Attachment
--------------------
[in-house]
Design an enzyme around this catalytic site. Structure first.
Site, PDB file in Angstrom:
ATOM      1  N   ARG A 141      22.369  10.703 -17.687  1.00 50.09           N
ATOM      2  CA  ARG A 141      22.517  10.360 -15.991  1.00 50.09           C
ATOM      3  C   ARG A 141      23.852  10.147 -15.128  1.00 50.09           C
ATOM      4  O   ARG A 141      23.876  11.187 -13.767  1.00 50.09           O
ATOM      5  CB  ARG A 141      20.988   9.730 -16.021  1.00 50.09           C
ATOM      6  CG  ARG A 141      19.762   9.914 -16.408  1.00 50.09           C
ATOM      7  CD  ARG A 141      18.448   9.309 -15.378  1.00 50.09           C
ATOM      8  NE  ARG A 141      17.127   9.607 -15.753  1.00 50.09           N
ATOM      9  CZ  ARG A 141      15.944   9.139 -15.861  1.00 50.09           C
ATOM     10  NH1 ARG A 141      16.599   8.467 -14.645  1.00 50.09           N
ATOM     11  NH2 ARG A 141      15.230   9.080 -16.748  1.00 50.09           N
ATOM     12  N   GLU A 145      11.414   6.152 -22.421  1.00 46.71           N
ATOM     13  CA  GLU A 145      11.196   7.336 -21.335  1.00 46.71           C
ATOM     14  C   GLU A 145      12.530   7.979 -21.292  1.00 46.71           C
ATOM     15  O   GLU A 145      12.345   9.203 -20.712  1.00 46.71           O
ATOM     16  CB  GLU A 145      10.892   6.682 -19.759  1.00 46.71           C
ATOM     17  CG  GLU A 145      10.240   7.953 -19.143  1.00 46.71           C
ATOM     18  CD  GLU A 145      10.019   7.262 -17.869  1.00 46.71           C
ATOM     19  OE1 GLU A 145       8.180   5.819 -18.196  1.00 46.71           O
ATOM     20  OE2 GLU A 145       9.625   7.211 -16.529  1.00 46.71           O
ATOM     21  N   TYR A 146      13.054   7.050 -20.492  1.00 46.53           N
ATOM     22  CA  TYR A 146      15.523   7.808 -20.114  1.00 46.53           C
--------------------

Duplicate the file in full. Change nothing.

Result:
[in-house]
Design an enzyme around this catalytic site. Structure first.
Site, PDB file in Angstrom:
ATOM      1  N   ARG A 141      22.369  10.703 -17.687  1.00 50.09           N
ATOM      2  CA  ARG A 141      22.517  10.360 -15.991  1.00 50.09           C
ATOM      3  C   ARG A 141      23.852  10.147 -15.128  1.00 50.09           C
ATOM      4  O   ARG A 141      23.876  11.187 -13.767  1.00 50.09           O
ATOM      5  CB  ARG A 141      20.988   9.730 -16.021  1.00 50.09           C
ATOM      6  CG  ARG A 141      19.762   9.914 -16.408  1.00 50.09           C
ATOM      7  CD  ARG A 141      18.448   9.309 -15.378  1.00 50.09           C
ATOM      8  NE  ARG A 141      17.127   9.607 -15.753  1.00 50.09           N
ATOM      9  CZ  ARG A 141      15.944   9.139 -15.861  1.00 50.09           C
ATOM     10  NH1 ARG A 141      16.599   8.467 -14.645  1.00 50.09           N
ATOM     11  NH2 ARG A 141      15.230   9.080 -16.748  1.00 50.09           N
ATOM     12  N   GLU A 145      11.414   6.152 -22.421  1.00 46.71           N
ATOM     13  CA  GLU A 145      11.196   7.336 -21.335  1.00 46.71           C
ATOM     14  C   GLU A 145      12.530   7.979 -21.292  1.00 46.71           C
ATOM     15  O   GLU A 145      12.345   9.203 -20.712  1.00 46.71           O
ATOM     16  CB  GLU A 145      10.892   6.682 -19.759  1.00 46.71           C
ATOM     17  CG  GLU A 145      10.240   7.953 -19.143  1.00 46.71           C
ATOM     18  CD  GLU A 145      10.019   7.262 -17.869  1.00 46.71           C
ATOM     19  OE1 GLU A 145       8.180   5.819 -18.196  1.00 46.71           O
ATOM     20  OE2 GLU A 145       9.625   7.211 -16.529  1.00 46.71           O
ATOM     21  N   TYR A 146      13.054   7.050 -20.492  1.00 46.53           N
ATOM     22  CA  TYR A 146      15.523   7.808 -20.114  1.00 46.53           C